By Tim Hepher and Eric M. Johnson
LE BOURGET, France (Reuters) – Boeing (NYSE:) won a major vote of confidence at the Paris Airshow on Tuesday as British Airways owner IAG (LON:) signed a letter of intent to buy 200 of its 737 MAX aircraft that have been grounded since March after two deadly crashes.
The deal, worth more than $24 billion at list prices, came as European rival Airbus also bagged a series of orders for its newly launched A321XLR model, easing investors’ concerns about a sharp slowdown in demand for commercial jets.
“We have every confidence in Boeing and expect that the aircraft will make a successful return to service in the coming months,” IAG Chief Executive Willie Walsh said of the 737 MAX.
Walsh, a former 737 pilot, said he would have “no hesitation” in flying on the plane, and voiced confidence in its safety.
Boeing’s top-selling plane has been grounded since an Ethiopian Airlines 737 MAX crashed in March, five months after a Lion Air 737 MAX plunged into the sea off Indonesia. A total of 346 people died in the two disasters.
Boeing is locked in negotiations with regulators to get a modified version of the plane flying again.
“We can’t thank you enough for the confidence you placed in the Boeing family,” Boeing’s head of commercial airplanes Kevin McAllister said in response to IAG’s support.
IAG said it planned for the mix of 737-8 and 737-10 aircraft to be delivered between 2023 and 2027.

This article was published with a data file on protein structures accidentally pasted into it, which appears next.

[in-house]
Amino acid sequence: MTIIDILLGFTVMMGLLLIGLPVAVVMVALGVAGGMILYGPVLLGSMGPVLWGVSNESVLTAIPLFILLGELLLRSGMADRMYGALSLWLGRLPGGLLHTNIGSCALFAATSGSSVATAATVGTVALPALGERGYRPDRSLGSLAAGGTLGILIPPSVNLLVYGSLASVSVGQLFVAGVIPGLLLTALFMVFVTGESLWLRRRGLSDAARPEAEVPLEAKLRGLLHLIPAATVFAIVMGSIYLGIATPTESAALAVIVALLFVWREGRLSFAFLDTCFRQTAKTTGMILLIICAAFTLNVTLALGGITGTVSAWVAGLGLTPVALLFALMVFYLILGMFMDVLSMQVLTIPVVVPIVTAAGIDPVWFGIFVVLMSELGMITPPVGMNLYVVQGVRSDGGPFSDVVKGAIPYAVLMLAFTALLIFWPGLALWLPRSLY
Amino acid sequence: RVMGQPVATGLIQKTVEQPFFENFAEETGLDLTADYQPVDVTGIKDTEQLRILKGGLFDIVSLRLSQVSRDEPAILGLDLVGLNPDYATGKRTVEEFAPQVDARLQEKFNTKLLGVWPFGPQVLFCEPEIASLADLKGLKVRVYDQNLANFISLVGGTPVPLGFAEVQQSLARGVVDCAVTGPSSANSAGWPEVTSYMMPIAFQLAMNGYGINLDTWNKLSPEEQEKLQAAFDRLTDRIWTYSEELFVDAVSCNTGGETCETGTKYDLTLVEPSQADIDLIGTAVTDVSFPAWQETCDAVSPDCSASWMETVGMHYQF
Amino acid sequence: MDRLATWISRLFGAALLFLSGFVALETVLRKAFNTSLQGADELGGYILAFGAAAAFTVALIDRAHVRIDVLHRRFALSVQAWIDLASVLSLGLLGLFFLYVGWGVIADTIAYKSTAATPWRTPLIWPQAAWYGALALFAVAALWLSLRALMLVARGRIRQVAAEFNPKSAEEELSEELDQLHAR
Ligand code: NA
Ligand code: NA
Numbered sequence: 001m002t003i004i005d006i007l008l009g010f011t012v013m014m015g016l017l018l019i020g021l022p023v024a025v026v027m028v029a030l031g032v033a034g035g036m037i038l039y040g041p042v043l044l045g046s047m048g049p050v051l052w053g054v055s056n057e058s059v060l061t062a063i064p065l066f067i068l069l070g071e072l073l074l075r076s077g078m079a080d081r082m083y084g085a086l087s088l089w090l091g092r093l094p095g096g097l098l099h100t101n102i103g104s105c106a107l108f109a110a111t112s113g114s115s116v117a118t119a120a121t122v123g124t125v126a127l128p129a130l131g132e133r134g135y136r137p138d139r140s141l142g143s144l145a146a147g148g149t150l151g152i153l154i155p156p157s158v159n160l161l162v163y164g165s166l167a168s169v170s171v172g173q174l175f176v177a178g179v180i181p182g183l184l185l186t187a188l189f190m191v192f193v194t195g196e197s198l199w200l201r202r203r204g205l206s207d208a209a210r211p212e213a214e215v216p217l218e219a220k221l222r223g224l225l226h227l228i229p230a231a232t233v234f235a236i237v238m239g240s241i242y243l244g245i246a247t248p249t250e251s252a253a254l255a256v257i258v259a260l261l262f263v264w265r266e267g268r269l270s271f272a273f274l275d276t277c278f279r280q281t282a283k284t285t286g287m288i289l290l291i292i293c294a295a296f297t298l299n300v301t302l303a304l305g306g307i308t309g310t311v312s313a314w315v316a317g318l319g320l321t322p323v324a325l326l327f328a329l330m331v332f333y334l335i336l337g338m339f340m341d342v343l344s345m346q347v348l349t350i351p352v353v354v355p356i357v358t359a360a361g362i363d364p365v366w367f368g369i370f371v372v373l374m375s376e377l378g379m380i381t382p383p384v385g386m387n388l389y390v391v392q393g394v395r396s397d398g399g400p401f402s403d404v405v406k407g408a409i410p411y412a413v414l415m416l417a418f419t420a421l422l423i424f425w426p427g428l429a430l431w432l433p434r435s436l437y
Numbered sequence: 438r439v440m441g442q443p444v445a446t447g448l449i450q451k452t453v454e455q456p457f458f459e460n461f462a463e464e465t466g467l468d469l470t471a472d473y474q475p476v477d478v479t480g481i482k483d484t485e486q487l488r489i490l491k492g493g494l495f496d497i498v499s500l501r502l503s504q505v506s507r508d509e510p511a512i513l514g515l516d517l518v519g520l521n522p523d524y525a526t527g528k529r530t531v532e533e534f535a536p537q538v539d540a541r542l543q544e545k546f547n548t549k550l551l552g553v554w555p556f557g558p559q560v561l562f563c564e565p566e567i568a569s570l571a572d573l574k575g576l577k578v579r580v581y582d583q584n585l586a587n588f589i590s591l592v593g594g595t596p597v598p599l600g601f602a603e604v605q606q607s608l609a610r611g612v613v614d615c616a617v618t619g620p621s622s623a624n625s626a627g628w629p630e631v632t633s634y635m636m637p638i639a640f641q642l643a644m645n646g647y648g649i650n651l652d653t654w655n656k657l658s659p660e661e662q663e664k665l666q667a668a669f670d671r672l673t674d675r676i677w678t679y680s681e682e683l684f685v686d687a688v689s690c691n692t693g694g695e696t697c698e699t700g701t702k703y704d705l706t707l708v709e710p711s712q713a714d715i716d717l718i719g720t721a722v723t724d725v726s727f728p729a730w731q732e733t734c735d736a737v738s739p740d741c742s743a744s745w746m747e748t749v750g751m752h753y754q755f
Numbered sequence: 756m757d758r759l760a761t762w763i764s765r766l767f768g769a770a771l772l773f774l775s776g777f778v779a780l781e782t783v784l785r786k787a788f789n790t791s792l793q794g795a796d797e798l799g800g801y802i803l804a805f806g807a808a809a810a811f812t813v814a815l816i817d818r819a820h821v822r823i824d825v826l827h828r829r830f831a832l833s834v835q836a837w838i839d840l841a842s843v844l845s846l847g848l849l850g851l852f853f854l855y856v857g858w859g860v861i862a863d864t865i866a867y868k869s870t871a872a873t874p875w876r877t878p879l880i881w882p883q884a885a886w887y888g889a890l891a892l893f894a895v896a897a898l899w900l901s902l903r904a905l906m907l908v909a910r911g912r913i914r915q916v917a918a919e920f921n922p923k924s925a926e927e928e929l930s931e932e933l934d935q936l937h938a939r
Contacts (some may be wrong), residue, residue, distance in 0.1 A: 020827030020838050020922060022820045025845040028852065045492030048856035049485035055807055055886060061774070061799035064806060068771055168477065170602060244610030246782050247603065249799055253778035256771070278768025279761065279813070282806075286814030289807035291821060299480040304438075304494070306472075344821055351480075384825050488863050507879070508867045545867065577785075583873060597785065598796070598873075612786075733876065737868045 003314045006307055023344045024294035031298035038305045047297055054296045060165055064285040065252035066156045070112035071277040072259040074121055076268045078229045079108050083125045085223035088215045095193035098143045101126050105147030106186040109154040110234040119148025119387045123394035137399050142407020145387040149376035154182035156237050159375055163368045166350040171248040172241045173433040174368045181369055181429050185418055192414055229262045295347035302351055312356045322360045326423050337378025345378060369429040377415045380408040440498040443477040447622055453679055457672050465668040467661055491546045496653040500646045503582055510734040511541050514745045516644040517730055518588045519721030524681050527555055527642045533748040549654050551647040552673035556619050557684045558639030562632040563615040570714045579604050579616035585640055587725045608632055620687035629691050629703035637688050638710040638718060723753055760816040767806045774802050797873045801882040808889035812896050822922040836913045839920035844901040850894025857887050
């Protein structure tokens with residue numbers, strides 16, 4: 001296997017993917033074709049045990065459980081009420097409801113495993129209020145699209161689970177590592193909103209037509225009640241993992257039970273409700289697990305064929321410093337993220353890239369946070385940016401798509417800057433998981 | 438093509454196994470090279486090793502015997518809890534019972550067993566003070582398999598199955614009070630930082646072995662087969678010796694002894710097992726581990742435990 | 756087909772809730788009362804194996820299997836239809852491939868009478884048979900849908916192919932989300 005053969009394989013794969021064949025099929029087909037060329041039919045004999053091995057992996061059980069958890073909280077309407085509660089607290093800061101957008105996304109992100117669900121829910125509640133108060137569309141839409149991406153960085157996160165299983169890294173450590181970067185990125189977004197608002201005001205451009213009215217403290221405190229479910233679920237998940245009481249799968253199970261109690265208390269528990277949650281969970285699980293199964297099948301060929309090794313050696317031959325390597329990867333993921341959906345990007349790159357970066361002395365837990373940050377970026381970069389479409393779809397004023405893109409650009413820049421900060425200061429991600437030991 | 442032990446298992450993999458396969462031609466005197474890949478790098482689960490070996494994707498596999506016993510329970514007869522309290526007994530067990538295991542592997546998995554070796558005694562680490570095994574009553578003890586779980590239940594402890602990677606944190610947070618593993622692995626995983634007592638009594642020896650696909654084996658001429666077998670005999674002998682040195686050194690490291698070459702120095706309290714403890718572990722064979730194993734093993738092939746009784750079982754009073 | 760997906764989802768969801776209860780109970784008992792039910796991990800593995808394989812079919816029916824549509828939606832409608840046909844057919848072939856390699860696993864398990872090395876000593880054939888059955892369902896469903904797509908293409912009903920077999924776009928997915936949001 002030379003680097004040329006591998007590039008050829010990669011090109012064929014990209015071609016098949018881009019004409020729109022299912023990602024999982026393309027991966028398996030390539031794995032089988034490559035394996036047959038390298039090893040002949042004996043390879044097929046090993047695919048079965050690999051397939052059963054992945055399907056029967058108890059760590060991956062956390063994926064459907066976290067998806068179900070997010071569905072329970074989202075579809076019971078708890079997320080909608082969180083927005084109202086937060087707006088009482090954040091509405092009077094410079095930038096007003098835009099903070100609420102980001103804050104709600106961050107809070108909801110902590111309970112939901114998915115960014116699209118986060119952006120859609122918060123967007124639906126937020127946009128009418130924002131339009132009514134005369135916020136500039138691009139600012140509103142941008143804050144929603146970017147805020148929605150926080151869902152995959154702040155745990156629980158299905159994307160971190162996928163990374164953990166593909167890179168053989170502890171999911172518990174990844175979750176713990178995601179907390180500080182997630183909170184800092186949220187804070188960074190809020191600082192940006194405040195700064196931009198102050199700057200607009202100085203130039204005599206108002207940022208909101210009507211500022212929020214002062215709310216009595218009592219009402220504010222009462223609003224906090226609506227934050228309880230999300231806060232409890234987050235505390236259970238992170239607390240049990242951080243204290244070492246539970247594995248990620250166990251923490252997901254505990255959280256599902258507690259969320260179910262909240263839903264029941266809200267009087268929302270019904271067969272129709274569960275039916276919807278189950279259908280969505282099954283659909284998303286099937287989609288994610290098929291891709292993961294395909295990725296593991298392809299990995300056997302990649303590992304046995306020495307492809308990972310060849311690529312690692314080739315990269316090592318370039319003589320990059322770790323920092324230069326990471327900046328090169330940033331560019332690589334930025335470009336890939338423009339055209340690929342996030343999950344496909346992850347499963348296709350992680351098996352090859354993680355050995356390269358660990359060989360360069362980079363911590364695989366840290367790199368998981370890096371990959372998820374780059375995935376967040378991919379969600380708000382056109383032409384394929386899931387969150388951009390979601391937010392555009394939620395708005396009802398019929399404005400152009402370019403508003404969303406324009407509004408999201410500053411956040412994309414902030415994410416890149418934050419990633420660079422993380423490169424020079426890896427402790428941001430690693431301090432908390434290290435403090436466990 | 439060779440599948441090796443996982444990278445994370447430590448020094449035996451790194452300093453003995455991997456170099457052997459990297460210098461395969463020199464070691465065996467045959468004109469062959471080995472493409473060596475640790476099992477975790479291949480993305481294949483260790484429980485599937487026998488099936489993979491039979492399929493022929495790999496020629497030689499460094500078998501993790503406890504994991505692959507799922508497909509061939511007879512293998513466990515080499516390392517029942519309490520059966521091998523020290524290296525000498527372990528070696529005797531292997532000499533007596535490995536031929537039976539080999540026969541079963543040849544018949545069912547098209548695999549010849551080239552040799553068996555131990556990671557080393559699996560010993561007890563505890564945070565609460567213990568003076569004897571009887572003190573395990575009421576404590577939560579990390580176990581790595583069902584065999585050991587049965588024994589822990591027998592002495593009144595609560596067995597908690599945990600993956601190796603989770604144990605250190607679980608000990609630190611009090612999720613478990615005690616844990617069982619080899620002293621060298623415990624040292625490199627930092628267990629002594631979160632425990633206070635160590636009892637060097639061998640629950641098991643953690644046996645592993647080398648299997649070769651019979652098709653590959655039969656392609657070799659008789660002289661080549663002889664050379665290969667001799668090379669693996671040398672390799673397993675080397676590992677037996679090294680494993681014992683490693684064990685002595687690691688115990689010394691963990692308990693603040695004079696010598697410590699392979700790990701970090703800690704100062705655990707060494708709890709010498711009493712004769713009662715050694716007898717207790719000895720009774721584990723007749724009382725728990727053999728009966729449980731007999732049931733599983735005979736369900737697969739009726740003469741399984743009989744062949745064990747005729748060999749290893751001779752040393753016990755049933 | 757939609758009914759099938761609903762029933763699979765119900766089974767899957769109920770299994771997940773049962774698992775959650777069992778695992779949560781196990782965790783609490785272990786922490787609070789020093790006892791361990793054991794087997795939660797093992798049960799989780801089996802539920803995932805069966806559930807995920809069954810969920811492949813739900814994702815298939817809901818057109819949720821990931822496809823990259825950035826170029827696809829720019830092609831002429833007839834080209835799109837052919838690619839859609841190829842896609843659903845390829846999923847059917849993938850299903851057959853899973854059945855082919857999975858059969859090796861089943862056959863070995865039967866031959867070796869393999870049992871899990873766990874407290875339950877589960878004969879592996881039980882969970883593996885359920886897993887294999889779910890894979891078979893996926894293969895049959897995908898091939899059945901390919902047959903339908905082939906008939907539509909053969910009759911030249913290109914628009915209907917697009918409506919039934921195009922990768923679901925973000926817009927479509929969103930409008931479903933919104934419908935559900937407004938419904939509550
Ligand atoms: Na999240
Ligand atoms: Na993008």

At 1450 GMT, Boeing shares were up 1.9% at $361.5. Airbus shares were up 0.8%, and earlier hit a record high of 126.5 euros after the European planemaker struck a series of deals.
These included a $6 billion order for 36 planes from Philippines airline Cebu Air, including 10 of the new long-range A321XLR model that Airbus launched on Monday, and a deal to sell a further 30 A320neo aircraft to Saudi Arabian Airlines, worth $3.3 billion at list prices.
The flurry of activity could help to soothe investor nerves that a decade-long boom in demand for commercial aircraft is coming to an abrupt end.
With airlines struggling to contend with overcapacity, slowing economies and geopolitical tensions, some analysts warn Airbus and Boeing could face a growing number of cancellations from their bulging order books.
But the planemakers remain confident of continued strong demand for more fuel-efficient jets as emissions regulations tighten and air travel continues to rise, driven by Asia’s growing middle classes. Boeing on Monday increased its 20-year industry demand forecast.
“Although investors have started to ask questions about the state of the upcycle, the aerospace industry remains very confident in the current state of the market,” analysts at Vertical Research Partners said in a note.
Sources familiar with the matter say that American Airlines and leasing giant GECAS are also in talks to buy Airbus’s new A321XLR, which is aimed at helping airlines deliver new routes with smaller planes and stealing a march on Boeing’s own plans for a potential new mid-market jet.
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